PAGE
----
Re: [asa] Event or process

From: Carol or John Burgeson <>
Date: Wed May 09 2007 - 18:35:45 EDT

David Buller (not Butler) wrote: "..., the last name is "Buller" --
common mistake :-)"

Apologies. 2nd mistake I ever made.

David continued: "I don't see how "a wholly new creation of body & soul"
would necessarily be PC. God could have miraculously created Adam even
though he would be genetically identical to another human in that stage
of evolution. It might at first seem a little bit strange why God would
do this, but I think it makes sense. Perhaps God wanted Adam to live in
the Garden of Eden away from other humans so that he could independently
make his decision regarding the Tree of the Knowledge of Good and Evil,
without the influence of others in the area. In other words, Adam could
have been separately created in order to isolate himself from the
influences from others in the monumental decision that he would face. In
this possibility, Adam would have not had biological parents."

To me, this has to be PC. I think we may disagree on definitions.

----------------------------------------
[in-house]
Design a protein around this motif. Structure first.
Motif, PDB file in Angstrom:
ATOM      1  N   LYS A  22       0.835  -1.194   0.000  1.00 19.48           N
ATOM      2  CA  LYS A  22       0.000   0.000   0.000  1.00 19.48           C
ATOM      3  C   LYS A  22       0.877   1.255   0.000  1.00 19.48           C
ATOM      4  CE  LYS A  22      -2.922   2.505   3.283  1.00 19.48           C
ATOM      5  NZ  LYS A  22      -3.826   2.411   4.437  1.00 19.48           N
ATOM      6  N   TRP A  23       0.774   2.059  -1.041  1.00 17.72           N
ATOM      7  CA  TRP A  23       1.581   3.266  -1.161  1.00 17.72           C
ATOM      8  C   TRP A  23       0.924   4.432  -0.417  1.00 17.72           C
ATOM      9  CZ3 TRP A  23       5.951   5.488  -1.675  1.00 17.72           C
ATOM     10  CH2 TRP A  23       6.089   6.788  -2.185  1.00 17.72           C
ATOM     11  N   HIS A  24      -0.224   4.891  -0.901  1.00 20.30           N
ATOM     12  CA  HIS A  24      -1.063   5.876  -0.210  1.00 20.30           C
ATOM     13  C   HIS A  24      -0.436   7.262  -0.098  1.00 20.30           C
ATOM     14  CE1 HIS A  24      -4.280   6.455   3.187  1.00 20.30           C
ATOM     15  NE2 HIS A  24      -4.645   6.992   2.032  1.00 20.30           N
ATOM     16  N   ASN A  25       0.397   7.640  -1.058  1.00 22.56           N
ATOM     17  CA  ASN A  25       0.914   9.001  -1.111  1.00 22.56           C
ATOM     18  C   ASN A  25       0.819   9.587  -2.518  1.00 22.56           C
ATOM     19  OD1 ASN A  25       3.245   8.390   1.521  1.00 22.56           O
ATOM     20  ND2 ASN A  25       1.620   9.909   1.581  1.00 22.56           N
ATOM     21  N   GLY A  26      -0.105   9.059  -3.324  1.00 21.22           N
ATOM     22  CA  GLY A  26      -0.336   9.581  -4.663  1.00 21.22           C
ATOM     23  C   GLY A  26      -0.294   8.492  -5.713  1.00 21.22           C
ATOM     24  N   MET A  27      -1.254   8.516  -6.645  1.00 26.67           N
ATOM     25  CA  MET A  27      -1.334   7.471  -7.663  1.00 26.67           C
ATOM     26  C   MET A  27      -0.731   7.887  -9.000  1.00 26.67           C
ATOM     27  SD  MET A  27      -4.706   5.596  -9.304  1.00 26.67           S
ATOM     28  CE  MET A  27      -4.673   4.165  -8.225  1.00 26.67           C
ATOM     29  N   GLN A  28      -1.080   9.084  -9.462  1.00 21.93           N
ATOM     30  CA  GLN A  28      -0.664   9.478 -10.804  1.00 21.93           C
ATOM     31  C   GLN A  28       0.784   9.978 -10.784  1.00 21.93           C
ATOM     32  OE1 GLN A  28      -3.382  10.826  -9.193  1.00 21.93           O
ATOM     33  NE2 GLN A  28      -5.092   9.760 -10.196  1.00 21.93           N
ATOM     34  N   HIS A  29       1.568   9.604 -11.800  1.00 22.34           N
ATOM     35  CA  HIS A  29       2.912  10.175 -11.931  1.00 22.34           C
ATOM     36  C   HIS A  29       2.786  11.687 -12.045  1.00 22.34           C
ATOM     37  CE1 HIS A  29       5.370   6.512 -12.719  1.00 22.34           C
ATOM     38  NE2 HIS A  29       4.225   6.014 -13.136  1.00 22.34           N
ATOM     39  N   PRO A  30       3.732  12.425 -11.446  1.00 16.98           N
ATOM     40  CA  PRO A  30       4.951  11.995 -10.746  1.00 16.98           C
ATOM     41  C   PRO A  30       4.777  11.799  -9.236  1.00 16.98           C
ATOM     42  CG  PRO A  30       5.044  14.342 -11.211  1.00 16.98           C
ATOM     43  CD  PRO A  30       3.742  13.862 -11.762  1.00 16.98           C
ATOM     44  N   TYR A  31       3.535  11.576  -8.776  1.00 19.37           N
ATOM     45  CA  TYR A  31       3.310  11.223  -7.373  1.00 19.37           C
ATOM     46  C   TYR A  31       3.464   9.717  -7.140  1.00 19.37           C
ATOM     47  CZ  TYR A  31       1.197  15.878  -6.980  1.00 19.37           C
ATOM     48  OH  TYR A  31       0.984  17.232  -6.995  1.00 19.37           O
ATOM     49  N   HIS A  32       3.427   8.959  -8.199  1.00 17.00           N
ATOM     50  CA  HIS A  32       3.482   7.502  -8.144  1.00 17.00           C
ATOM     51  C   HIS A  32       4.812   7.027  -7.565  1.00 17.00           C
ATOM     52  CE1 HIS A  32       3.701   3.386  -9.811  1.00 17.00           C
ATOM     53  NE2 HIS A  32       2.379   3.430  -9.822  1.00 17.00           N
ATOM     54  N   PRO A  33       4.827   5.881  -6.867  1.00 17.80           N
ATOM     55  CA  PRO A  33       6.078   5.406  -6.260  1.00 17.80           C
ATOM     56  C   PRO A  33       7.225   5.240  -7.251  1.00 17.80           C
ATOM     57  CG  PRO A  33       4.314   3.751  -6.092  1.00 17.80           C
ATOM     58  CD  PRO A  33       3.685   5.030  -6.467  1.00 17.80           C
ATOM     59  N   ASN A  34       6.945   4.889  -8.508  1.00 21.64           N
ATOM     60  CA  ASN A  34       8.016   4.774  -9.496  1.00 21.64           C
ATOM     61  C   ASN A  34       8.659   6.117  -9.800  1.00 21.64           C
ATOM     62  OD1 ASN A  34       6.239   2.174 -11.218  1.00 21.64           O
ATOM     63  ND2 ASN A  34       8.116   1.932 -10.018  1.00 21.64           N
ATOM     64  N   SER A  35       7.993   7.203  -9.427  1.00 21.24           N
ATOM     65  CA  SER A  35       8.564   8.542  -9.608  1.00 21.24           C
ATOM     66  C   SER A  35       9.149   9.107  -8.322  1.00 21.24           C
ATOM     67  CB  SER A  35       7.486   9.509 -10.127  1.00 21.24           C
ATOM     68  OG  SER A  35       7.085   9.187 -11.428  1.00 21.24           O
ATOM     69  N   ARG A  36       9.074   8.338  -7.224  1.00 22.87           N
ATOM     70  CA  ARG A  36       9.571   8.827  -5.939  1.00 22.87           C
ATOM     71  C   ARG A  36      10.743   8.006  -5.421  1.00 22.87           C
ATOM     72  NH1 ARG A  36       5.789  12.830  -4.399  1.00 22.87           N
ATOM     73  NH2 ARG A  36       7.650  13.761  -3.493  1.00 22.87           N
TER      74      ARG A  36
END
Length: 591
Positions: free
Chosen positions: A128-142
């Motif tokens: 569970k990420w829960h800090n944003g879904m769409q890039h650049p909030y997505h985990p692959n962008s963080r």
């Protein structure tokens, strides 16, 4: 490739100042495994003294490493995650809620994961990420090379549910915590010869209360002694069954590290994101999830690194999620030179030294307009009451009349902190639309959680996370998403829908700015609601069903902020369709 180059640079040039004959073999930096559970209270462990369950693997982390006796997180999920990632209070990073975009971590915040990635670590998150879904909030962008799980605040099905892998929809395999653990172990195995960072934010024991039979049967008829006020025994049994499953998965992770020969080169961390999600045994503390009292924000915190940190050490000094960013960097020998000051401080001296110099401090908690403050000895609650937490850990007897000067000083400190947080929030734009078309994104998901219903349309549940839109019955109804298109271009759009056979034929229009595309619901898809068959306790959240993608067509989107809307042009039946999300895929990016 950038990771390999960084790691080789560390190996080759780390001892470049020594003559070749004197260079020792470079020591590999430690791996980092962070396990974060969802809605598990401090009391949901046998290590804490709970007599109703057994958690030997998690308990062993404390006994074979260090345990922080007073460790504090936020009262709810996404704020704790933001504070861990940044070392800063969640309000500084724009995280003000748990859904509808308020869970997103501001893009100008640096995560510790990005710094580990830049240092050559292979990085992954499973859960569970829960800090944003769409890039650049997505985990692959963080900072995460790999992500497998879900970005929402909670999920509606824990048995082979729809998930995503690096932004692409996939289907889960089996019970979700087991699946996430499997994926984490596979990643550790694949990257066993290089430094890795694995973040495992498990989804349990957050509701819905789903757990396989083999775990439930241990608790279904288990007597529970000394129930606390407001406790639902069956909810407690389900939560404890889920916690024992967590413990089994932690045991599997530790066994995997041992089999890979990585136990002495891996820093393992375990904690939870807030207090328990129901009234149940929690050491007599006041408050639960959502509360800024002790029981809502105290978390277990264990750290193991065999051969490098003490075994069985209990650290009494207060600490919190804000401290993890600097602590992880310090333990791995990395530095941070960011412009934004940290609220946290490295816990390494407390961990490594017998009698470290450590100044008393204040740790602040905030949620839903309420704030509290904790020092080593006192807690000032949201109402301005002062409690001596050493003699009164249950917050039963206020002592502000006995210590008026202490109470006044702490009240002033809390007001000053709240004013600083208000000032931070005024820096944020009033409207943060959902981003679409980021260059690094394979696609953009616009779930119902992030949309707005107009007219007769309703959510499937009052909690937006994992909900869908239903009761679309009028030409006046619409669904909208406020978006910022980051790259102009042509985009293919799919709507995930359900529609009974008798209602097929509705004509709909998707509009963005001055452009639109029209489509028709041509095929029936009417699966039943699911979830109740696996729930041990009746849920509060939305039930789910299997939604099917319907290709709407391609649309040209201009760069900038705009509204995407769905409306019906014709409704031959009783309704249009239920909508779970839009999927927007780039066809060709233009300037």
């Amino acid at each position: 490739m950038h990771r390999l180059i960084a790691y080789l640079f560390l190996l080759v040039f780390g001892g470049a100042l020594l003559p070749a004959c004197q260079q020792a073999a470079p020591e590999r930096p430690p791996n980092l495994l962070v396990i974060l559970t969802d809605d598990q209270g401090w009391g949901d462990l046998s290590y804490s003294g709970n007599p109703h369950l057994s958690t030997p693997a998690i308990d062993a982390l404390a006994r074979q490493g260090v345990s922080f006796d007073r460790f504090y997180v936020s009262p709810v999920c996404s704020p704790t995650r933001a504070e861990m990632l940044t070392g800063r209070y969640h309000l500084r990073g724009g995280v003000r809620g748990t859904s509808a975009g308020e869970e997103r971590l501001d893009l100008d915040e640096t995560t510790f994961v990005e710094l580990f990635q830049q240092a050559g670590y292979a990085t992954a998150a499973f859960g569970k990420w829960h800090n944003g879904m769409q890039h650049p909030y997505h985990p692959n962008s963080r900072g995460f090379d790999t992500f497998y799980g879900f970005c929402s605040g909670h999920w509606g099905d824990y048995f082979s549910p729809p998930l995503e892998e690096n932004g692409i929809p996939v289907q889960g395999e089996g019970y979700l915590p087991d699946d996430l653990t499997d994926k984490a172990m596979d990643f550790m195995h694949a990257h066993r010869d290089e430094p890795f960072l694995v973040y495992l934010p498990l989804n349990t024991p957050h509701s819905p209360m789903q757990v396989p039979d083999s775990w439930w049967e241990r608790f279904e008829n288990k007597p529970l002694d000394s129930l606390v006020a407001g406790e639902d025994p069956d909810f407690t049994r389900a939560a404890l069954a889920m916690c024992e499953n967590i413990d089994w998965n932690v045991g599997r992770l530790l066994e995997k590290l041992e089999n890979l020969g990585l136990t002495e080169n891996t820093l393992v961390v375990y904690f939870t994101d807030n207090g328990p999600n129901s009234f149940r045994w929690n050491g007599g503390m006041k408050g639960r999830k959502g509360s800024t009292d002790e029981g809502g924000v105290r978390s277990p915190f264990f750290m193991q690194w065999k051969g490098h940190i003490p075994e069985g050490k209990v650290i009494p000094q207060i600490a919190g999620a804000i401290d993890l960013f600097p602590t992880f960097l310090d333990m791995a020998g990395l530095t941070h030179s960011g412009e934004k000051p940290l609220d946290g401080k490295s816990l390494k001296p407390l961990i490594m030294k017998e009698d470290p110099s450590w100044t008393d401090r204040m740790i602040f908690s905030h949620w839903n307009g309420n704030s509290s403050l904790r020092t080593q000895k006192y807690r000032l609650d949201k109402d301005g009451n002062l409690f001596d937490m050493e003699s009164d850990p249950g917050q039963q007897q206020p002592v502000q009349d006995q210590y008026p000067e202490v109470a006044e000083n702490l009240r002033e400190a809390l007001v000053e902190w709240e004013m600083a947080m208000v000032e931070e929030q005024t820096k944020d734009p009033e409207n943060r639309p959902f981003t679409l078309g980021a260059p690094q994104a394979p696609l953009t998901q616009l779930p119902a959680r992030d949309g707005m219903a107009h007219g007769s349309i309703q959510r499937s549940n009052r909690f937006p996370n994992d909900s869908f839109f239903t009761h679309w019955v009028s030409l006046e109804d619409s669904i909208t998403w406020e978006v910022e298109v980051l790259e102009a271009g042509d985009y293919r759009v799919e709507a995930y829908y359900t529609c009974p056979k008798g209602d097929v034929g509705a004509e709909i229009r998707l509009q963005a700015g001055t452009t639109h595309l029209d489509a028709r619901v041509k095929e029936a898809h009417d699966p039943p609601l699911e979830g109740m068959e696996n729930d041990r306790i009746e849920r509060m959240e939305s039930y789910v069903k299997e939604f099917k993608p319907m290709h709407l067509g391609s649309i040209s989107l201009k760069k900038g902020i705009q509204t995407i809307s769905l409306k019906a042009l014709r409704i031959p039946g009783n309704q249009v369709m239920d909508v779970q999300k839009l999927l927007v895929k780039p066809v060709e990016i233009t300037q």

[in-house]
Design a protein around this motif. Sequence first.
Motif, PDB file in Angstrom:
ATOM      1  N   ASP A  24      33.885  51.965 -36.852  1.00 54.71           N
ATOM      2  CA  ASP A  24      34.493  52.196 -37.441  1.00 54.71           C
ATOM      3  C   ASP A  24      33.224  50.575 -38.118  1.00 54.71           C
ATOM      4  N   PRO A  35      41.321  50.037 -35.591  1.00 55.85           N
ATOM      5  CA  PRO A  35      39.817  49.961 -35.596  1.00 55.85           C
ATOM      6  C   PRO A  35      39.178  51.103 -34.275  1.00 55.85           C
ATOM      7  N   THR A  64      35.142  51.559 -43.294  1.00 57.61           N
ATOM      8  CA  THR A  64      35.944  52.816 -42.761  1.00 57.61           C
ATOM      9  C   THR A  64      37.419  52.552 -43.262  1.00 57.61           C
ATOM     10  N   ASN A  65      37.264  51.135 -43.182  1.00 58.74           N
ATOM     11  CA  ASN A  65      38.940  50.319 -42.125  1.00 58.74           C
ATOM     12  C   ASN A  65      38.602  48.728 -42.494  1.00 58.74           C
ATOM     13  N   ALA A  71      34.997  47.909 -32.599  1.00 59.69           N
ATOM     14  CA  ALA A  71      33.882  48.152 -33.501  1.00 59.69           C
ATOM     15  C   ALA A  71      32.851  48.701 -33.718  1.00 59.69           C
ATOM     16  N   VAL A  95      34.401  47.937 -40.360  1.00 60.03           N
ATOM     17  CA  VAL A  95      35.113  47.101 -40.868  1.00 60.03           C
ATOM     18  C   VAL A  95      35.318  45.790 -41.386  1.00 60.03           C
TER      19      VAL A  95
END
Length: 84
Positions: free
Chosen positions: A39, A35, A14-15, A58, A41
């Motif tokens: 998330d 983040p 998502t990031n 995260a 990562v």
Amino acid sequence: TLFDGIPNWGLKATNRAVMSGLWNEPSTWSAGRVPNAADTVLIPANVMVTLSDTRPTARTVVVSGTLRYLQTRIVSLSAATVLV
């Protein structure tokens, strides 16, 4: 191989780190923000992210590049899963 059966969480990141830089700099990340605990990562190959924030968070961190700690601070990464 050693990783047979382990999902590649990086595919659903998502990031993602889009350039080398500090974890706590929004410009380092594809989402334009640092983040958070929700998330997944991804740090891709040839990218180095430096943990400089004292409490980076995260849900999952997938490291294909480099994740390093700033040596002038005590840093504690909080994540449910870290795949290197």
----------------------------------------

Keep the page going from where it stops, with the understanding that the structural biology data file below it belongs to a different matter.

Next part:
David continued: "Going back to the way that I phrased it before, I would
be interested in what you would see as a possible "gray area." By
definition, I would consider a soul something that passes on after death
and exists through eternity. If a human/man with a 1/4 formed "soul"
dies, where will he go (if anywhere)? If he does have an afterlife, than
he doesn't have a 1/4 formed soul, he has a complete soul. If he does
not have an afterlife, than he doesn't have a 1/4 formed soul, he has no
soul. "

You are expanding the issue to include an "afterlife." I want to keep the
focus narrow. Howsomeever -- will my lab "Blue" have an afterlife? Will
any animal? Will a 5,000,000 year ago Neanderthal? I am not prepared to
accept a categorical "no" to such questions, which is one reason I wish
to keep the focus narrow (I know -- that may not be possible).

David continued: "I'm wondering if you would consider the "gray area" to
be the religious tendencies in some early humans. Yet how can this be
considered partially on the way to having a soul? Is there some point
where man became "religious enough" that God decided that he would allow
their "spirit" to have an afterlife. If you cannnot reject a process
answer, I'd be interested in what you think the humans/men in the
"process" were like. Did they have an afterlife?"

"Yes" to your first question. But your expansion of the topic makes it
difficult (for me) to focus on the question. I'll try. My answer to your
last two sentences is "They were, in some ways, like us, more so as time
progressed. I see no reason to not suppose they would also have an
afterlife, in the same sense as my dog, or elephants, or almost any
sentient being (I draw the line at mosquitos).


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Received on Wed May 9 18:38:18 2007

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